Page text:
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WASHINGTON (Reuters Life!) - Bonnie is like any other 32-year-old female orangutan in many ways. She's curious, gregarious, and likes nothing better than scouring her fellow orangutans for dead skin and parasites.
But there's one thing Bonnie does that has never been seen in an orangutan before. She whistles.
"She's been doing it for years and, we didn't realize really the significance until we started looking into other research and (found) she's the first documented, whistling orangutan that learned it on her own," said her keeper Erin Stromberg.
A video was shot at the whistling Bonnie at her home at Washington's National Zoo as part of a research project conducted late last year by The Great Ape Trust and the zoo itself.
The results were recently published in "Primates," an international journal providing a forum for studies on the relationship between primates, humans and other animals.
For great ape researchers, the results were startling.
The whistling video they believe shows that orangutans are capable of learning auditory behavior on their own and as a choice, rather than as a means to earn a reward after training.
Stromberg, who knows Bonnie well and was a key participant in the research project, says it shows orangutans could be anthropomorphically closer to humans than previously thought.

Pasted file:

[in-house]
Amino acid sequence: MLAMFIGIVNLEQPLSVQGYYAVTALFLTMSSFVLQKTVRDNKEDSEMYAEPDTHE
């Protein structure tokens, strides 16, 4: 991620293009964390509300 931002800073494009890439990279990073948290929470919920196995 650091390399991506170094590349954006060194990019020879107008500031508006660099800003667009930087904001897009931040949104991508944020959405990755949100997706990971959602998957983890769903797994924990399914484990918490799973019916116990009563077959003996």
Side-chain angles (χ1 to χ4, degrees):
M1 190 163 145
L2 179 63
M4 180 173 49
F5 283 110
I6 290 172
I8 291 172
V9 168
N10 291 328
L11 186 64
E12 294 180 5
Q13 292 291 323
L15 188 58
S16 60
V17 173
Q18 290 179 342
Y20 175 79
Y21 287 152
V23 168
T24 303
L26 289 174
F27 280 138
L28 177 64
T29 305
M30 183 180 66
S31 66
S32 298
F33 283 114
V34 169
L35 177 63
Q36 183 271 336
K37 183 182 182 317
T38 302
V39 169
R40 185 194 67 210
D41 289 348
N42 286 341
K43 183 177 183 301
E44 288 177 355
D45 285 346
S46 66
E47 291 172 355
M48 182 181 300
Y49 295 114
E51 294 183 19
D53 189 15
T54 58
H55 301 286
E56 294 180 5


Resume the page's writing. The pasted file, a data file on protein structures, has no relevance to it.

She and her colleagues believe Bonnie must have picked up the idea to whistle from previous keepers who whistled while they worked.
"It's important because there's previous studies that thought that great apes had kind of a fixed repertoire of sounds and that they didn't have voluntary control of these sounds, that they're maybe based purely on emotions," Stromberg told Reuters.
"But she has voluntary control of it and was able to develop the sound on her own and it takes a lot of control to control the breath and the lips so she's quite unique."
Researchers are keen to extend their studies to include other apes like chimpanzees and gorillas.
While scientists have known for many years that orangutans in captivity frequently copy the physical movements of humans, Bonnie's voluntary whistling opens up new doors in the auditory study of orangutan behavior. Stromberg and her fellow researchers say they hope to find other links which may help them better understand the development of human speech through evolution.
Editing by Belinda Goldsmith